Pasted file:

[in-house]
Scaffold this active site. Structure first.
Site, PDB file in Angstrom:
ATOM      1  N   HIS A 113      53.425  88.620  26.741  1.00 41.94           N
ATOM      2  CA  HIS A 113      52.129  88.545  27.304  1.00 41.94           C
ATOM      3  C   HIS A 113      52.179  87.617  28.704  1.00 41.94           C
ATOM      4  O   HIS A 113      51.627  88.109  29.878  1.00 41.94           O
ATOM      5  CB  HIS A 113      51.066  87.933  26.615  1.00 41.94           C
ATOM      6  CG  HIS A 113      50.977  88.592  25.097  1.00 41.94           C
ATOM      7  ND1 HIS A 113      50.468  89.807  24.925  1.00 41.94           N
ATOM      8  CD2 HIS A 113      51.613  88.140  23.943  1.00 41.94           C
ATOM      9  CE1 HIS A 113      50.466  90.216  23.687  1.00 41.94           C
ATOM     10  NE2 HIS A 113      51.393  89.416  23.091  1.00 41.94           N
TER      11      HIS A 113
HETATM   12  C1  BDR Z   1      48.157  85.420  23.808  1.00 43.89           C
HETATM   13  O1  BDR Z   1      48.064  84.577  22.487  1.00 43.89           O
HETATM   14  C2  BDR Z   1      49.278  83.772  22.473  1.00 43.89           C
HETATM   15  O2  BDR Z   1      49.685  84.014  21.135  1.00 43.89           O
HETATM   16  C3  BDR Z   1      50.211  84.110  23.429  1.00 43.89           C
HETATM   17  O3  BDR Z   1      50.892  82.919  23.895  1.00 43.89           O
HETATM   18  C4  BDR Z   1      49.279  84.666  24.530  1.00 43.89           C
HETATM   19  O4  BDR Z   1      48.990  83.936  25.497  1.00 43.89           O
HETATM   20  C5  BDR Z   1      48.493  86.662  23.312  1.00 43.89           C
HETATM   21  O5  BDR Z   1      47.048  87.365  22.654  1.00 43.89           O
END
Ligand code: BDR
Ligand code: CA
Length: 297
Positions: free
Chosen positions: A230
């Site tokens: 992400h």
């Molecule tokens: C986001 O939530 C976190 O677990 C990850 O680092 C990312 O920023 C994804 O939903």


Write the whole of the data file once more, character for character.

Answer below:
[in-house]
Scaffold this active site. Structure first.
Site, PDB file in Angstrom:
ATOM      1  N   HIS A 113      53.425  88.620  26.741  1.00 41.94           N
ATOM      2  CA  HIS A 113      52.129  88.545  27.304  1.00 41.94           C
ATOM      3  C   HIS A 113      52.179  87.617  28.704  1.00 41.94           C
ATOM      4  O   HIS A 113      51.627  88.109  29.878  1.00 41.94           O
ATOM      5  CB  HIS A 113      51.066  87.933  26.615  1.00 41.94           C
ATOM      6  CG  HIS A 113      50.977  88.592  25.097  1.00 41.94           C
ATOM      7  ND1 HIS A 113      50.468  89.807  24.925  1.00 41.94           N
ATOM      8  CD2 HIS A 113      51.613  88.140  23.943  1.00 41.94           C
ATOM      9  CE1 HIS A 113      50.466  90.216  23.687  1.00 41.94           C
ATOM     10  NE2 HIS A 113      51.393  89.416  23.091  1.00 41.94           N
TER      11      HIS A 113
HETATM   12  C1  BDR Z   1      48.157  85.420  23.808  1.00 43.89           C
HETATM   13  O1  BDR Z   1      48.064  84.577  22.487  1.00 43.89           O
HETATM   14  C2  BDR Z   1      49.278  83.772  22.473  1.00 43.89           C
HETATM   15  O2  BDR Z   1      49.685  84.014  21.135  1.00 43.89           O
HETATM   16  C3  BDR Z   1      50.211  84.110  23.429  1.00 43.89           C
HETATM   17  O3  BDR Z   1      50.892  82.919  23.895  1.00 43.89           O
HETATM   18  C4  BDR Z   1      49.279  84.666  24.530  1.00 43.89           C
HETATM   19  O4  BDR Z   1      48.990  83.936  25.497  1.00 43.89           O
HETATM   20  C5  BDR Z   1      48.493  86.662  23.312  1.00 43.89           C
HETATM   21  O5  BDR Z   1      47.048  87.365  22.654  1.00 43.89           O
END
Ligand code: BDR
Ligand code: CA
Length: 297
Positions: free
Chosen positions: A230
């Site tokens: 992400h």
């Molecule tokens: C986001 O939530 C976190 O677990 C990850 O680092 C990312 O920023 C994804 O939903």